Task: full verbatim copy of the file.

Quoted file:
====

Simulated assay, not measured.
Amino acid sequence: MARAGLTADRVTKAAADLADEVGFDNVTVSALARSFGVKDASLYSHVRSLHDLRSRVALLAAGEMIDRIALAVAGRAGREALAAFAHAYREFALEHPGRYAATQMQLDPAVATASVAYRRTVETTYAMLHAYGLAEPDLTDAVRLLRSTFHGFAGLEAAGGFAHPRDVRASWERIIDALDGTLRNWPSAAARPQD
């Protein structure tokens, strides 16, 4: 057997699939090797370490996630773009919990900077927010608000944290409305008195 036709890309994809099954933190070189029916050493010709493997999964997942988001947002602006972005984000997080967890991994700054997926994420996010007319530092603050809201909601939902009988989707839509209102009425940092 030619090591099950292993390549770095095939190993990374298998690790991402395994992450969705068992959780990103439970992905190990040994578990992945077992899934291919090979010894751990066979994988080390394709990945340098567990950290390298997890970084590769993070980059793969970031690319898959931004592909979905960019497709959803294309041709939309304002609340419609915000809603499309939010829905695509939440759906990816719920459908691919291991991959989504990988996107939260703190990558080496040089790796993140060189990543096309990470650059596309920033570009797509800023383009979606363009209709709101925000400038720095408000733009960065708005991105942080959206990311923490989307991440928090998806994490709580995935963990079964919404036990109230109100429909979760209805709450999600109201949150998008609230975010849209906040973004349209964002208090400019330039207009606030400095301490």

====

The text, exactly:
Simulated assay, not measured.
Amino acid sequence: MARAGLTADRVTKAAADLADEVGFDNVTVSALARSFGVKDASLYSHVRSLHDLRSRVALLAAGEMIDRIALAVAGRAGREALAAFAHAYREFALEHPGRYAATQMQLDPAVATASVAYRRTVETTYAMLHAYGLAEPDLTDAVRLLRSTFHGFAGLEAAGGFAHPRDVRASWERIIDALDGTLRNWPSAAARPQD
């Protein structure tokens, strides 16, 4: 057997699939090797370490996630773009919990900077927010608000944290409305008195 036709890309994809099954933190070189029916050493010709493997999964997942988001947002602006972005984000997080967890991994700054997926994420996010007319530092603050809201909601939902009988989707839509209102009425940092 030619090591099950292993390549770095095939190993990374298998690790991402395994992450969705068992959780990103439970992905190990040994578990992945077992899934291919090979010894751990066979994988080390394709990945340098567990950290390298997890970084590769993070980059793969970031690319898959931004592909979905960019497709959803294309041709939309304002609340419609915000809603499309939010829905695509939440759906990816719920459908691919291991991959989504990988996107939260703190990558080496040089790796993140060189990543096309990470650059596309920033570009797509800023383009979606363009209709709101925000400038720095408000733009960065708005991105942080959206990311923490989307991440928090998806994490709580995935963990079964919404036990109230109100429909979760209805709450999600109201949150998008609230975010849209906040973004349209964002208090400019330039207009606030400095301490």